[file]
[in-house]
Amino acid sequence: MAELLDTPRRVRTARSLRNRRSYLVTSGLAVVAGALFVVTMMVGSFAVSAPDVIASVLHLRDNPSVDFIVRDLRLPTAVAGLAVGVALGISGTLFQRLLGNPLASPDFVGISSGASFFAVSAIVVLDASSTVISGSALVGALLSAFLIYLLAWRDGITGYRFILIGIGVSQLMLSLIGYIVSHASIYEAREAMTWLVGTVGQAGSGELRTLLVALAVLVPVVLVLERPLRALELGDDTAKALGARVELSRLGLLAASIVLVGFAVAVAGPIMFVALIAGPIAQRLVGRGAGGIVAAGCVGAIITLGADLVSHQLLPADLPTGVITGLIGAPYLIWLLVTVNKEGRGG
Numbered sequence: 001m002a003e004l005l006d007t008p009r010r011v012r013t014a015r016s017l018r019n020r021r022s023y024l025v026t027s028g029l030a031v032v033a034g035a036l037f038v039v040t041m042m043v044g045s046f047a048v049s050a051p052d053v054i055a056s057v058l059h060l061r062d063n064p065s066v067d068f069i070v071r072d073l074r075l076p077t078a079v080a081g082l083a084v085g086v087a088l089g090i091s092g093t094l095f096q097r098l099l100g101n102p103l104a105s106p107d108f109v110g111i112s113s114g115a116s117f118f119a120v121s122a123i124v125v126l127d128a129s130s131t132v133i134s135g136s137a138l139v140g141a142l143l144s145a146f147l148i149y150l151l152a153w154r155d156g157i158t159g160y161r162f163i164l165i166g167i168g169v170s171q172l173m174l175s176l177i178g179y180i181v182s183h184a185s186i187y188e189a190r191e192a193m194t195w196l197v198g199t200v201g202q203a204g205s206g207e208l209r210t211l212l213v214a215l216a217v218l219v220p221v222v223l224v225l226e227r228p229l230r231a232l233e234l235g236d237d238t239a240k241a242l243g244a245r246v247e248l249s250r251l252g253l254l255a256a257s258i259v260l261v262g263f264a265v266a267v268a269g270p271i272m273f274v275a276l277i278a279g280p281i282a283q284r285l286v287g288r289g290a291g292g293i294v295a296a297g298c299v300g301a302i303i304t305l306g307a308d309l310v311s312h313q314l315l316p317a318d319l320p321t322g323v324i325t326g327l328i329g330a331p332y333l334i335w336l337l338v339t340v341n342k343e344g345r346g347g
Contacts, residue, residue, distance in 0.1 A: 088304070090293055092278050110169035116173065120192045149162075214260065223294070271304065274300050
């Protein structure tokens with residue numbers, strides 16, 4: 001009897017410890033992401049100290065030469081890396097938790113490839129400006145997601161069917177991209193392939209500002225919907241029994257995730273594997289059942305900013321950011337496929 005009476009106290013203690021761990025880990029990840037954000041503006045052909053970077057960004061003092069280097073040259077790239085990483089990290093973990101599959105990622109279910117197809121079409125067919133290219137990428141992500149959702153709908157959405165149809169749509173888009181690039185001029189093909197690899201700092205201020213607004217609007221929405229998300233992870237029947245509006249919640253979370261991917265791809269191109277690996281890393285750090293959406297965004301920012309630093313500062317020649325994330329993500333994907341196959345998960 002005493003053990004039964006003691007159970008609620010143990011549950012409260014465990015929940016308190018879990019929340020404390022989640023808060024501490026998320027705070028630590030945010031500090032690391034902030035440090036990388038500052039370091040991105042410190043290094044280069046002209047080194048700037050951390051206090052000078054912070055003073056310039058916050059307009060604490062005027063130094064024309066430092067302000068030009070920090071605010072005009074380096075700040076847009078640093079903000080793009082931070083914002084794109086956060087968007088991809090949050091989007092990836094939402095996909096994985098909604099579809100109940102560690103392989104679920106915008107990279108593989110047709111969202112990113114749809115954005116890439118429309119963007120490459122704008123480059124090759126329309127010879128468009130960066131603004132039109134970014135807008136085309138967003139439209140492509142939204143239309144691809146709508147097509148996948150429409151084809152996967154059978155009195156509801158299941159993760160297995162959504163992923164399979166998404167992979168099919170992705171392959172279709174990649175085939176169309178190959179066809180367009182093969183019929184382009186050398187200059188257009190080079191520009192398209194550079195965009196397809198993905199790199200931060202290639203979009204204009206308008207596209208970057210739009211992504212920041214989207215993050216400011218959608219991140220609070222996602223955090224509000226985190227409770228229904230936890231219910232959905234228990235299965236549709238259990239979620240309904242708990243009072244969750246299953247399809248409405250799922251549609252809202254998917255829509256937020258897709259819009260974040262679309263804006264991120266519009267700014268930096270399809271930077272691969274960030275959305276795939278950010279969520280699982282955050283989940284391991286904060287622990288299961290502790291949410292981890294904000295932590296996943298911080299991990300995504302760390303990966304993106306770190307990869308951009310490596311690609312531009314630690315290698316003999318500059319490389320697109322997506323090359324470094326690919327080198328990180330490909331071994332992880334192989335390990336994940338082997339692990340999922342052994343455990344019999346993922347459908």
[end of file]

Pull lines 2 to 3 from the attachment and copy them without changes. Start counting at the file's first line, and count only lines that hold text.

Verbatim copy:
Amino acid sequence: MAELLDTPRRVRTARSLRNRRSYLVTSGLAVVAGALFVVTMMVGSFAVSAPDVIASVLHLRDNPSVDFIVRDLRLPTAVAGLAVGVALGISGTLFQRLLGNPLASPDFVGISSGASFFAVSAIVVLDASSTVISGSALVGALLSAFLIYLLAWRDGITGYRFILIGIGVSQLMLSLIGYIVSHASIYEAREAMTWLVGTVGQAGSGELRTLLVALAVLVPVVLVLERPLRALELGDDTAKALGARVELSRLGLLAASIVLVGFAVAVAGPIMFVALIAGPIAQRLVGRGAGGIVAAGCVGAIITLGADLVSHQLLPADLPTGVITGLIGAPYLIWLLVTVNKEGRGG
Numbered sequence: 001m002a003e004l005l006d007t008p009r010r011v012r013t014a015r016s017l018r019n020r021r022s023y024l025v026t027s028g029l030a031v032v033a034g035a036l037f038v039v040t041m042m043v044g045s046f047a048v049s050a051p052d053v054i055a056s057v058l059h060l061r062d063n064p065s066v067d068f069i070v071r072d073l074r075l076p077t078a079v080a081g082l083a084v085g086v087a088l089g090i091s092g093t094l095f096q097r098l099l100g101n102p103l104a105s106p107d108f109v110g111i112s113s114g115a116s117f118f119a120v121s122a123i124v125v126l127d128a129s130s131t132v133i134s135g136s137a138l139v140g141a142l143l144s145a146f147l148i149y150l151l152a153w154r155d156g157i158t159g160y161r162f163i164l165i166g167i168g169v170s171q172l173m174l175s176l177i178g179y180i181v182s183h184a185s186i187y188e189a190r191e192a193m194t195w196l197v198g199t200v201g202q203a204g205s206g207e208l209r210t211l212l213v214a215l216a217v218l219v220p221v222v223l224v225l226e227r228p229l230r231a232l233e234l235g236d237d238t239a240k241a242l243g244a245r246v247e248l249s250r251l252g253l254l255a256a257s258i259v260l261v262g263f264a265v266a267v268a269g270p271i272m273f274v275a276l277i278a279g280p281i282a283q284r285l286v287g288r289g290a291g292g293i294v295a296a297g298c299v300g301a302i303i304t305l306g307a308d309l310v311s312h313q314l315l316p317a318d319l320p321t322g323v324i325t326g327l328i329g330a331p332y333l334i335w336l337l338v339t340v341n342k343e344g345r346g347g